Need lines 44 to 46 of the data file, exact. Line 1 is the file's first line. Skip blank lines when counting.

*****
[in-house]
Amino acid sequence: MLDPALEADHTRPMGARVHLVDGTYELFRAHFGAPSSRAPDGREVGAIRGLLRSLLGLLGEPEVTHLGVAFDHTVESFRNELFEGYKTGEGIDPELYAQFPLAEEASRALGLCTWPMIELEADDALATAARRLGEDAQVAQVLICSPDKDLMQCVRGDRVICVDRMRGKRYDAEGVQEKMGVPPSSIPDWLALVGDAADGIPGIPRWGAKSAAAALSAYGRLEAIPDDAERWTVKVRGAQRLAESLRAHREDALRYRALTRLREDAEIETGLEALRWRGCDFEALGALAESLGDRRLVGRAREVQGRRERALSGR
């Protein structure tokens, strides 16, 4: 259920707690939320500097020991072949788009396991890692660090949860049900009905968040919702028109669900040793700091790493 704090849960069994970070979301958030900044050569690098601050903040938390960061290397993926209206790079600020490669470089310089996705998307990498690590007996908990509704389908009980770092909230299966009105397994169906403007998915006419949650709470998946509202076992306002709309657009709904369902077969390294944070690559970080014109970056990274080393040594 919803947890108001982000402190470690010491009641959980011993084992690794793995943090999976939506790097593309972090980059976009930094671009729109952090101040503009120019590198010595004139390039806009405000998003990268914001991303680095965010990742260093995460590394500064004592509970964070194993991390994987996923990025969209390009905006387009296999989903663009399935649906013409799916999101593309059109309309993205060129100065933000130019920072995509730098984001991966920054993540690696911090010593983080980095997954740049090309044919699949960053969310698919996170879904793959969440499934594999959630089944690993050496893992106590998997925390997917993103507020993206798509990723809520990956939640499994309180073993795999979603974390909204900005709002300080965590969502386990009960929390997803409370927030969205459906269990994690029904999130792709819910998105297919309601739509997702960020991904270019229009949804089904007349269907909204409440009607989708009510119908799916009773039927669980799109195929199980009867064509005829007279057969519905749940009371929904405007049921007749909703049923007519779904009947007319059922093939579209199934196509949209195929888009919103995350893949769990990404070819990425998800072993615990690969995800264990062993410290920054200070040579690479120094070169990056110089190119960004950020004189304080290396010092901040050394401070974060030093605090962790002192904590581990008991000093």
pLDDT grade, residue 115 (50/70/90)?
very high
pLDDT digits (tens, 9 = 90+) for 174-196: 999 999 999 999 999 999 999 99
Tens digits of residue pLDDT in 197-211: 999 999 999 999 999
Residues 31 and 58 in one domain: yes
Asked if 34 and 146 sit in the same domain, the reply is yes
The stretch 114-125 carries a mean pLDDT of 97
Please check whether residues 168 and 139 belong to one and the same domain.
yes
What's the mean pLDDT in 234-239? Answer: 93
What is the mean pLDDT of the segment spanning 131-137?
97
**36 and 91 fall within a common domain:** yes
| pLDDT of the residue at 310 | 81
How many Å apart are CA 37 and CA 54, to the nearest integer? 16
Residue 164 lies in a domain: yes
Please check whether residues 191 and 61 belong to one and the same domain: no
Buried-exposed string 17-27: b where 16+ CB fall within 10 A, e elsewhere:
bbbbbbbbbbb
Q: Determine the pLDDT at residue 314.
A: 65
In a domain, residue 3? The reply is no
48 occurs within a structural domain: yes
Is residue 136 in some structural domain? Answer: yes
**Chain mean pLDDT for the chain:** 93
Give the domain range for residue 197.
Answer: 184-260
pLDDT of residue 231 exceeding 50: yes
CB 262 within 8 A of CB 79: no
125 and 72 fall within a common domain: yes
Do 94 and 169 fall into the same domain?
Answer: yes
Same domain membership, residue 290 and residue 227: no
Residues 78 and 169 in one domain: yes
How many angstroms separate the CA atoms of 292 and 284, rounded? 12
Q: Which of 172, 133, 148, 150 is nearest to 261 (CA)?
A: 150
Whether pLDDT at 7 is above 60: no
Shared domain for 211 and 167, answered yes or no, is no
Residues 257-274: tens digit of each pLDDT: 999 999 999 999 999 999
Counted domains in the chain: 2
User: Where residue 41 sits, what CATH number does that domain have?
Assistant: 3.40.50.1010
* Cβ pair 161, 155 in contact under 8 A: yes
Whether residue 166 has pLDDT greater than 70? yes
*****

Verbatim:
Counted domains in the chain: 2
User: Where residue 41 sits, what CATH number does that domain have?
Assistant: 3.40.50.1010